When I moved overseas, deciding what books to bring, leave behind, or store away was a tough call to make. Some books I couldn’t part with. I even added to my collection, but it wasn’t commentaries or books on cross-cultural living. It was a selection of theological books for children. As the church, we should care about the quality of teaching and writing presented to children. The voice on good Christian publication for children is not limited to parents, teachers, or writers. Reliable sources for kids should be in your selection of books, even if you’re like me – a single in your mid-30’s, no children, and not working with children full time. 

As a student in seminary, God’s word came to life in remarkable ways. I needed that kind of academic rigor to train my immature mind and heart to grow in my understanding of God. As growth took place, my love for the Lord deepened and matured. I was excited about God’s word. I wanted to share what I was learning with people of all ages. I became confident that teaching God’s truths to young minds was entirely possible. The church should focus on training young minds if we’re serious about raising a generation of Bible-literate disciples. Here are some reasons why I have found books for children beneficial.

1.    It gives me a working language. I learned a lot of new vocabulary while studying theology. Because a lot of the terms were unfamiliar to me, I needed a simple, uncomplicated working definition I could understand and communicate with others. In the church, I interacted with people of different ages and levels of education. Now that I am in a cross-cultural setting and learning a new language (and culture), using vocabulary that is not difficult to translate into another language or culture is valuable when making disciples.

2.    It gives me resources I feel confident recommending. As I began soaking up solid teaching, I grew dissatisfied with and disheartened by the bulk of unhelpful material in the Christian market. Regrettably, the majority of Christian material for children was weak. Bible stories were shallow, did not often connect to the Bible as a whole (if they did so at all), and boiled down to moral lessons. When I learned about some gospel-based resources for kids that taught the overarching narrative of Scripture, traced themes throughout the Bible, and helped people grow as disciples, I began telling others about it. (A few people bought or checked out the material based on my recommendations.) I was able to recommend them because they were already in my book collection.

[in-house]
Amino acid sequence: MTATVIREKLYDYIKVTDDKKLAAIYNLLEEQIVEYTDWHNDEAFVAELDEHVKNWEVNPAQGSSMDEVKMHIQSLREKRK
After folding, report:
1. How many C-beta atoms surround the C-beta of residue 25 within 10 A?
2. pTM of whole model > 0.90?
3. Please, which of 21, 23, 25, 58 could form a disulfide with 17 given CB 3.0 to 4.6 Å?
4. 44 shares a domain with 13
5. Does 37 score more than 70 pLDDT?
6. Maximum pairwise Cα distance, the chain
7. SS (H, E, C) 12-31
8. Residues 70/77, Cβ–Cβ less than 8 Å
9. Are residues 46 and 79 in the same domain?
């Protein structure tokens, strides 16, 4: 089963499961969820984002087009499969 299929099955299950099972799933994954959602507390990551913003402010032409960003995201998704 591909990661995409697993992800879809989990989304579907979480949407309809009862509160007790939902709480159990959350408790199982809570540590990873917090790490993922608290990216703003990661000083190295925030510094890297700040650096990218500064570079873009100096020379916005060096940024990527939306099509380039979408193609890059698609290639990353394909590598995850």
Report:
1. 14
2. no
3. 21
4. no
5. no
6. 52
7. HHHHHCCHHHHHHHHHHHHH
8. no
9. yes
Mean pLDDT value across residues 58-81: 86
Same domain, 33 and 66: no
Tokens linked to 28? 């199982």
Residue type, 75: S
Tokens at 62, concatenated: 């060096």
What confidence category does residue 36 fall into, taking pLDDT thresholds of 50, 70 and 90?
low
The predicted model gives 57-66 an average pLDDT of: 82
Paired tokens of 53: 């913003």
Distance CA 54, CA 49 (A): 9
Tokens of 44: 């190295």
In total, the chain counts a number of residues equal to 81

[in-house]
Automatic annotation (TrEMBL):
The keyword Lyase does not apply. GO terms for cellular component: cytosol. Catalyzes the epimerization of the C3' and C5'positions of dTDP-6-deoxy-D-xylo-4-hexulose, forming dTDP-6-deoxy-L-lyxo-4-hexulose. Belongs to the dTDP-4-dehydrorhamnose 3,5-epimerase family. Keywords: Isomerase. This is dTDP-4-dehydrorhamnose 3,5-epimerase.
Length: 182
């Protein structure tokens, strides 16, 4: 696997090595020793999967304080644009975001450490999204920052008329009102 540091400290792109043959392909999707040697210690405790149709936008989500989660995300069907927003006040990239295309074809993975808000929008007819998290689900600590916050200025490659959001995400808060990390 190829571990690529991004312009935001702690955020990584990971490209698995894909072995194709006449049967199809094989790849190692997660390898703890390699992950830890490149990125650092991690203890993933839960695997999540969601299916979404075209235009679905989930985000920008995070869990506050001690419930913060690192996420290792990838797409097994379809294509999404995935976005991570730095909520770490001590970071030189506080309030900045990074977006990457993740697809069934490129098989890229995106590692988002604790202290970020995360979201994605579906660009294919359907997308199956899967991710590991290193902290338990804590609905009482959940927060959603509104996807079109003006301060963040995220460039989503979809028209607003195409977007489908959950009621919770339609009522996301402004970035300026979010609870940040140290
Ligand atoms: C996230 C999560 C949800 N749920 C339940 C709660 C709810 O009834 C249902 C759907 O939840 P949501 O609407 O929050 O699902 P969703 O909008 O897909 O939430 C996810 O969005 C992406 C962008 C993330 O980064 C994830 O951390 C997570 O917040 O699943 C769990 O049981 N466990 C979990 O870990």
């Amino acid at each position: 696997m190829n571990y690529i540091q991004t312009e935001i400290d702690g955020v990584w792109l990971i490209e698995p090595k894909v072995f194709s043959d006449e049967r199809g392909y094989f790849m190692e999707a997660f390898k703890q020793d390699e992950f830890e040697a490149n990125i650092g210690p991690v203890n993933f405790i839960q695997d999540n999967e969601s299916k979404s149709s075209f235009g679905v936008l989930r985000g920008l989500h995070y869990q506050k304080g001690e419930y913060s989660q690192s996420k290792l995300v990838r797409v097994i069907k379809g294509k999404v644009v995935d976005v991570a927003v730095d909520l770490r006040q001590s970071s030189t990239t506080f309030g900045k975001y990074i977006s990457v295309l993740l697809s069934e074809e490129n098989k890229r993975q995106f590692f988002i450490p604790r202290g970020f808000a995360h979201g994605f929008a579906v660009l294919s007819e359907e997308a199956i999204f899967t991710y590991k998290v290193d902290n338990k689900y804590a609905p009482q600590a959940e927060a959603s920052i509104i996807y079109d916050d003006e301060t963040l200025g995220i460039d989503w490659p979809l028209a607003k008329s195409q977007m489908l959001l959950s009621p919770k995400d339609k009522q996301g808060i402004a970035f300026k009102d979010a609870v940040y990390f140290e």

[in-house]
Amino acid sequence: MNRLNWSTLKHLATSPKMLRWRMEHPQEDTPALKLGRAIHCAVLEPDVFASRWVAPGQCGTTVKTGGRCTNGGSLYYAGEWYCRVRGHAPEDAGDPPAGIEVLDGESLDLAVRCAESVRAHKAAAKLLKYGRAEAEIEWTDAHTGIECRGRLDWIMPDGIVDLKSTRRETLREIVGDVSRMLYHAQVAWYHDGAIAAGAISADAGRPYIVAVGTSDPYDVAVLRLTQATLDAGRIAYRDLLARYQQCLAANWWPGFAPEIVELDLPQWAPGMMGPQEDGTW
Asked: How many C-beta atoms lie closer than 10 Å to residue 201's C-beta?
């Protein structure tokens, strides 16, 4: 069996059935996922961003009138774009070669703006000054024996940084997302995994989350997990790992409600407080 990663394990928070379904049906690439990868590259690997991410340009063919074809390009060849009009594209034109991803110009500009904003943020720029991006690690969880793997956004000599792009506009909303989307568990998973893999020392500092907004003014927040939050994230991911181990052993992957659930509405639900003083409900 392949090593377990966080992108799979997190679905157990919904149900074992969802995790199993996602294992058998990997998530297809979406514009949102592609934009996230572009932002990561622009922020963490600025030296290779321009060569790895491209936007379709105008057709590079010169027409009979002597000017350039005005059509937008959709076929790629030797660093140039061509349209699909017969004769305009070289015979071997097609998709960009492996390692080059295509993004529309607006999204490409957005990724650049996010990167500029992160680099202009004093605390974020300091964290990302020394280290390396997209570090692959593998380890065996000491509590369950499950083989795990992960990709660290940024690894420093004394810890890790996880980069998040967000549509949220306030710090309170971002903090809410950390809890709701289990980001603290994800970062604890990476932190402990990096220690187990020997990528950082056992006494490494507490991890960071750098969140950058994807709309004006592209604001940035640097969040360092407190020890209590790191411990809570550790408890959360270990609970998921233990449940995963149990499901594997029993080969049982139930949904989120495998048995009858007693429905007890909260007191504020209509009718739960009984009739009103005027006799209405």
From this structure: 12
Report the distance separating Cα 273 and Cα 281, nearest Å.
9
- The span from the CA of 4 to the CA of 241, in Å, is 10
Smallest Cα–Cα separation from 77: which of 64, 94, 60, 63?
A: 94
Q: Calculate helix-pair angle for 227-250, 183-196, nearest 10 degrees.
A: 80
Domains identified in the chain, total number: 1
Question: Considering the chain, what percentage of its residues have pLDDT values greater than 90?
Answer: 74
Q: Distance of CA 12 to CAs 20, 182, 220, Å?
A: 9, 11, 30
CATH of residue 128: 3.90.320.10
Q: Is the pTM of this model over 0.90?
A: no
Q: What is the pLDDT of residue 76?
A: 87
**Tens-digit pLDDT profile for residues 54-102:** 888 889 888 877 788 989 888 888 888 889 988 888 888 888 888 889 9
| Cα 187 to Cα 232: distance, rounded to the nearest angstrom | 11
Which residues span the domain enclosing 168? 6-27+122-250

3.    It aids my personal spiritual growth. Feeding the hearts and minds of children should be on the same level of importance as feeding hearts and minds of adults. It’s a good, healthy stretch to think of illustrations that are age appropriate or suitable for someone with a lower-level education. Can I find examples suitable for my elementary-school-aged niece? Am I limited to using big words I don’t feel confident explaining? That’s my litmus test. This challenge in learning how to communicate God’s truths without overcomplicating language helped me to grow, too.

So, what books do I recommend?

The Gospel Story Bible by Marty Machowski. I appreciate how Machowski treats the Bible as a whole in this easy-to-follow book. He handles tough passages of Scripture rightly. I mean, how many children’s story Bibles have the story of Achan’s sin from Joshua 7? Not many, I’m afraid.

The Ology, also by Machowski, is another one I personally own. This is one of the most helpful books I have found for teaching profound, theological truths. It is incredibly readable, and it would go along wonderfully with something like New City Catechisms.

Prepare Him Room is a fun, family-friendly Advent devotional, but I found it delightful with or without a family. Yes, it’s another one by Machowski. He handles Old Testament prophecies on the coming of Christ in a way that adults and kids alike can enjoy and learn from. It’s also concise, so it’s great for busy families and short attention spans.

New Growth Press also has curriculum to go along with some of these sources. By the way, check out the fantastic music that accompanies these works! I am hooked. It’s been aunt tested, niece approved. Most of the music for Machowski’s works is by Sovereign Grace. You can’t beat New City Catechism’s catchy music, either.

(Sorry this is so heavy on one author! If you know others who are equally reliable, feel free to comment. I’d love to hear your recommendations.)

I also include a list of a few recommended podcasts:

The Gospel Coalition’s Help Me Teach the Bible podcast by Nancy Guthrie is one of my go-to’s. She has a helpful episode on how to Raise the Bar When Teaching Children in her interview with David and Sally Michael. Listening to it is worth your time!

The Village Church in Texas has a great podcast called Knowing Faith, featuring one of my favorite Bible teachers, Jen Wilkin. They raise more than a few thought-provoking questions in the episode “Can Kids Be Theologians?”.